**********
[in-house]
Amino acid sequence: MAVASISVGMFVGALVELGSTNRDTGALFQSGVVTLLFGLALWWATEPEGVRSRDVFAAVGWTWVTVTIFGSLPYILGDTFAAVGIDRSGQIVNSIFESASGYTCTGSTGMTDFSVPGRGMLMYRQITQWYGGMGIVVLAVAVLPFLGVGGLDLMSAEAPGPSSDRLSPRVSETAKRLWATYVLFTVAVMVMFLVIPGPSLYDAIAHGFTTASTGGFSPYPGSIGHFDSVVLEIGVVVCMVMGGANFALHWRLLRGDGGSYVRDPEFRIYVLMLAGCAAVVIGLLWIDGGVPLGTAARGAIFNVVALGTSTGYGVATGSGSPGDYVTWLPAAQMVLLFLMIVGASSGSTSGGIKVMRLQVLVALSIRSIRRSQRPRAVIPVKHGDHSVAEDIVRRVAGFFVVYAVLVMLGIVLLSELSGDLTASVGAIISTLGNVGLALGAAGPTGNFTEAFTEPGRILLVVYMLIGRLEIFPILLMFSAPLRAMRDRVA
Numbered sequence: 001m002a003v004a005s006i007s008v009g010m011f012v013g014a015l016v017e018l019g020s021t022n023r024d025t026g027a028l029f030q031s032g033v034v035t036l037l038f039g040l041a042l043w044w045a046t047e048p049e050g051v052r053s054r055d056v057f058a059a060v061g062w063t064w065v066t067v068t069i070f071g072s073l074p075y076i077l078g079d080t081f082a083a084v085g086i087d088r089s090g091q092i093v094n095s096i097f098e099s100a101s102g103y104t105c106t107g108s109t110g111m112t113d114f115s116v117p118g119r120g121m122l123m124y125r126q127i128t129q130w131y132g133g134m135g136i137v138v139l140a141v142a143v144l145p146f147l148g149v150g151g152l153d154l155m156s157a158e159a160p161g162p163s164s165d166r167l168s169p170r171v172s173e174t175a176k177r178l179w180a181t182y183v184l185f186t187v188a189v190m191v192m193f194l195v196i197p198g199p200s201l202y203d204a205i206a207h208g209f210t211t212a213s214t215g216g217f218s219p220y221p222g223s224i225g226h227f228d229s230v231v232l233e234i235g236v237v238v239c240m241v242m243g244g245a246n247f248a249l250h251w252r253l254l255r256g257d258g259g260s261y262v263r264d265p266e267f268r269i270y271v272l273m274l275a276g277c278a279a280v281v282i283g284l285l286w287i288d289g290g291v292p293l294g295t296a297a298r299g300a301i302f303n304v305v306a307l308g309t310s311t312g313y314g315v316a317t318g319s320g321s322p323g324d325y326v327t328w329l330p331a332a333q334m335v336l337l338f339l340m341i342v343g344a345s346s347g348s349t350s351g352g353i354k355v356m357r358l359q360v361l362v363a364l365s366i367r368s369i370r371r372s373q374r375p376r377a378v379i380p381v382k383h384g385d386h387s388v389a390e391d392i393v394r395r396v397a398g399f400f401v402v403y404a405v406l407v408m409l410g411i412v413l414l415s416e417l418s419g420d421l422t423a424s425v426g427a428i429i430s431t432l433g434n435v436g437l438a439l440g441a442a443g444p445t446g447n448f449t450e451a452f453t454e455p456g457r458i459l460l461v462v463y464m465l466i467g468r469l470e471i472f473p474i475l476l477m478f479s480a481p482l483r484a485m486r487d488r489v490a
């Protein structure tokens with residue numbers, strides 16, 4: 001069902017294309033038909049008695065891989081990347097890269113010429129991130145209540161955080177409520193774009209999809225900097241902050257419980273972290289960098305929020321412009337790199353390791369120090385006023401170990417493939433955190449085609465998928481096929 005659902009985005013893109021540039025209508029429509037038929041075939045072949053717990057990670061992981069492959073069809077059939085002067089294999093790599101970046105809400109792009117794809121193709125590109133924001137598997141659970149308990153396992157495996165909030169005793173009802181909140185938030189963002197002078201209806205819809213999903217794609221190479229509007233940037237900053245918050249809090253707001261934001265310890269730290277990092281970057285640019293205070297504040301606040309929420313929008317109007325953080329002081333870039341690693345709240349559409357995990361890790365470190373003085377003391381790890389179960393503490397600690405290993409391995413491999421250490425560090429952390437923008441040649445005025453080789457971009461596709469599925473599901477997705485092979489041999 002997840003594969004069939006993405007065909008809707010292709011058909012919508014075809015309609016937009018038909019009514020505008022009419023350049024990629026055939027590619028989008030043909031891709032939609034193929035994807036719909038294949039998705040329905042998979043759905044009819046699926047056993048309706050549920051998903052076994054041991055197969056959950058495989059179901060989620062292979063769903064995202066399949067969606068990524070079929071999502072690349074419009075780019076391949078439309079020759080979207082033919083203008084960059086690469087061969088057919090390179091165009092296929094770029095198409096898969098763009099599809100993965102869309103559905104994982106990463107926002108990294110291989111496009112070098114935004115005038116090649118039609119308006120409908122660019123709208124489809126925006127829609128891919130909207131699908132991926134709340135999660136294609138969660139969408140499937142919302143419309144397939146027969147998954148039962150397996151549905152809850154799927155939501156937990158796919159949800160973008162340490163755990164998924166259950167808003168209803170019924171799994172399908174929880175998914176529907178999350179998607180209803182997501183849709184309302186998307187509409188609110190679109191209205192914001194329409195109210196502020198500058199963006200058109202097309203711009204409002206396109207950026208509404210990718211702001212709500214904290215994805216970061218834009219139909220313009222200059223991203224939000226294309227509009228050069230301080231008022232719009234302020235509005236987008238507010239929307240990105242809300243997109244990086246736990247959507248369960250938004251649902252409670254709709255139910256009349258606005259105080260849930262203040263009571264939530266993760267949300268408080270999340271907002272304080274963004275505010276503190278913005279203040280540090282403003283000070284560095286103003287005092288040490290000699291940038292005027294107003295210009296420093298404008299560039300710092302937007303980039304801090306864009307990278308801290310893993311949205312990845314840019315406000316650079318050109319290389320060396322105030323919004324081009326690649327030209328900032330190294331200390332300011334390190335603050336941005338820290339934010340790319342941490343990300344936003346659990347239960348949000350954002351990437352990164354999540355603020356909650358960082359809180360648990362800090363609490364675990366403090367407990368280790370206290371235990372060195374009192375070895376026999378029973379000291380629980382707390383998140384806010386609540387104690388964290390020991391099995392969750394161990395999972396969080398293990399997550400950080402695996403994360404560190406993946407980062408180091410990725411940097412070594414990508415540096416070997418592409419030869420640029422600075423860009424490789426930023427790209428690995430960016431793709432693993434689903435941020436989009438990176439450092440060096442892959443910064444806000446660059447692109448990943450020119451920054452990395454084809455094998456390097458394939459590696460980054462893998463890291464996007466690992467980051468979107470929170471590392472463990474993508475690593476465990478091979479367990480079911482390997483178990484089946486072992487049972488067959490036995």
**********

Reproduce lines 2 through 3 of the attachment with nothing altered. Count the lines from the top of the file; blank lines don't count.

Amino acid sequence: MAVASISVGMFVGALVELGSTNRDTGALFQSGVVTLLFGLALWWATEPEGVRSRDVFAAVGWTWVTVTIFGSLPYILGDTFAAVGIDRSGQIVNSIFESASGYTCTGSTGMTDFSVPGRGMLMYRQITQWYGGMGIVVLAVAVLPFLGVGGLDLMSAEAPGPSSDRLSPRVSETAKRLWATYVLFTVAVMVMFLVIPGPSLYDAIAHGFTTASTGGFSPYPGSIGHFDSVVLEIGVVVCMVMGGANFALHWRLLRGDGGSYVRDPEFRIYVLMLAGCAAVVIGLLWIDGGVPLGTAARGAIFNVVALGTSTGYGVATGSGSPGDYVTWLPAAQMVLLFLMIVGASSGSTSGGIKVMRLQVLVALSIRSIRRSQRPRAVIPVKHGDHSVAEDIVRRVAGFFVVYAVLVMLGIVLLSELSGDLTASVGAIISTLGNVGLALGAAGPTGNFTEAFTEPGRILLVVYMLIGRLEIFPILLMFSAPLRAMRDRVA
Numbered sequence: 001m002a003v004a005s006i007s008v009g010m011f012v013g014a015l016v017e018l019g020s021t022n023r024d025t026g027a028l029f030q031s032g033v034v035t036l037l038f039g040l041a042l043w044w045a046t047e048p049e050g051v052r053s054r055d056v057f058a059a060v061g062w063t064w065v066t067v068t069i070f071g072s073l074p075y076i077l078g079d080t081f082a083a084v085g086i087d088r089s090g091q092i093v094n095s096i097f098e099s100a101s102g103y104t105c106t107g108s109t110g111m112t113d114f115s116v117p118g119r120g121m122l123m124y125r126q127i128t129q130w131y132g133g134m135g136i137v138v139l140a141v142a143v144l145p146f147l148g149v150g151g152l153d154l155m156s157a158e159a160p161g162p163s164s165d166r167l168s169p170r171v172s173e174t175a176k177r178l179w180a181t182y183v184l185f186t187v188a189v190m191v192m193f194l195v196i197p198g199p200s201l202y203d204a205i206a207h208g209f210t211t212a213s214t215g216g217f218s219p220y221p222g223s224i225g226h227f228d229s230v231v232l233e234i235g236v237v238v239c240m241v242m243g244g245a246n247f248a249l250h251w252r253l254l255r256g257d258g259g260s261y262v263r264d265p266e267f268r269i270y271v272l273m274l275a276g277c278a279a280v281v282i283g284l285l286w287i288d289g290g291v292p293l294g295t296a297a298r299g300a301i302f303n304v305v306a307l308g309t310s311t312g313y314g315v316a317t318g319s320g321s322p323g324d325y326v327t328w329l330p331a332a333q334m335v336l337l338f339l340m341i342v343g344a345s346s347g348s349t350s351g352g353i354k355v356m357r358l359q360v361l362v363a364l365s366i367r368s369i370r371r372s373q374r375p376r377a378v379i380p381v382k383h384g385d386h387s388v389a390e391d392i393v394r395r396v397a398g399f400f401v402v403y404a405v406l407v408m409l410g411i412v413l414l415s416e417l418s419g420d421l422t423a424s425v426g427a428i429i430s431t432l433g434n435v436g437l438a439l440g441a442a443g444p445t446g447n448f449t450e451a452f453t454e455p456g457r458i459l460l461v462v463y464m465l466i467g468r469l470e471i472f473p474i475l476l477m478f479s480a481p482l483r484a485m486r487d488r489v490a